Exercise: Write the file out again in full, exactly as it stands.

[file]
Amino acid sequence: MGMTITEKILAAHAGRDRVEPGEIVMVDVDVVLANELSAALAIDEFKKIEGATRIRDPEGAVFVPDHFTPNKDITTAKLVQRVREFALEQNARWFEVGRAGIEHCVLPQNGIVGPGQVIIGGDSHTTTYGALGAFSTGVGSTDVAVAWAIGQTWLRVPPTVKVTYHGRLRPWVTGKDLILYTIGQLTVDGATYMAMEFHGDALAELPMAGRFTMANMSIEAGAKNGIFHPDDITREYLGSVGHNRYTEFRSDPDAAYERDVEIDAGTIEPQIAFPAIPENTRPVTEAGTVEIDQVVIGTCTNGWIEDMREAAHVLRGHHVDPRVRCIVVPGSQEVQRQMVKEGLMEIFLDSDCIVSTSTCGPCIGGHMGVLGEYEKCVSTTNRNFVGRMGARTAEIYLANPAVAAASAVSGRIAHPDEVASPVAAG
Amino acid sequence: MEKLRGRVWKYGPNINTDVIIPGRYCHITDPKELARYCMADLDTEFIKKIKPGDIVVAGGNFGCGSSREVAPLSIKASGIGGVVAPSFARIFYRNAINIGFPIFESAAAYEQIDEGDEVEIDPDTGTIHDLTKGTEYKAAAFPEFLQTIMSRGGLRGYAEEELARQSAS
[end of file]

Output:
Amino acid sequence: MGMTITEKILAAHAGRDRVEPGEIVMVDVDVVLANELSAALAIDEFKKIEGATRIRDPEGAVFVPDHFTPNKDITTAKLVQRVREFALEQNARWFEVGRAGIEHCVLPQNGIVGPGQVIIGGDSHTTTYGALGAFSTGVGSTDVAVAWAIGQTWLRVPPTVKVTYHGRLRPWVTGKDLILYTIGQLTVDGATYMAMEFHGDALAELPMAGRFTMANMSIEAGAKNGIFHPDDITREYLGSVGHNRYTEFRSDPDAAYERDVEIDAGTIEPQIAFPAIPENTRPVTEAGTVEIDQVVIGTCTNGWIEDMREAAHVLRGHHVDPRVRCIVVPGSQEVQRQMVKEGLMEIFLDSDCIVSTSTCGPCIGGHMGVLGEYEKCVSTTNRNFVGRMGARTAEIYLANPAVAAASAVSGRIAHPDEVASPVAAG
Amino acid sequence: MEKLRGRVWKYGPNINTDVIIPGRYCHITDPKELARYCMADLDTEFIKKIKPGDIVVAGGNFGCGSSREVAPLSIKASGIGGVVAPSFARIFYRNAINIGFPIFESAAAYEQIDEGDEVEIDPDTGTIHDLTKGTEYKAAAFPEFLQTIMSRGGLRGYAEEELARQSAS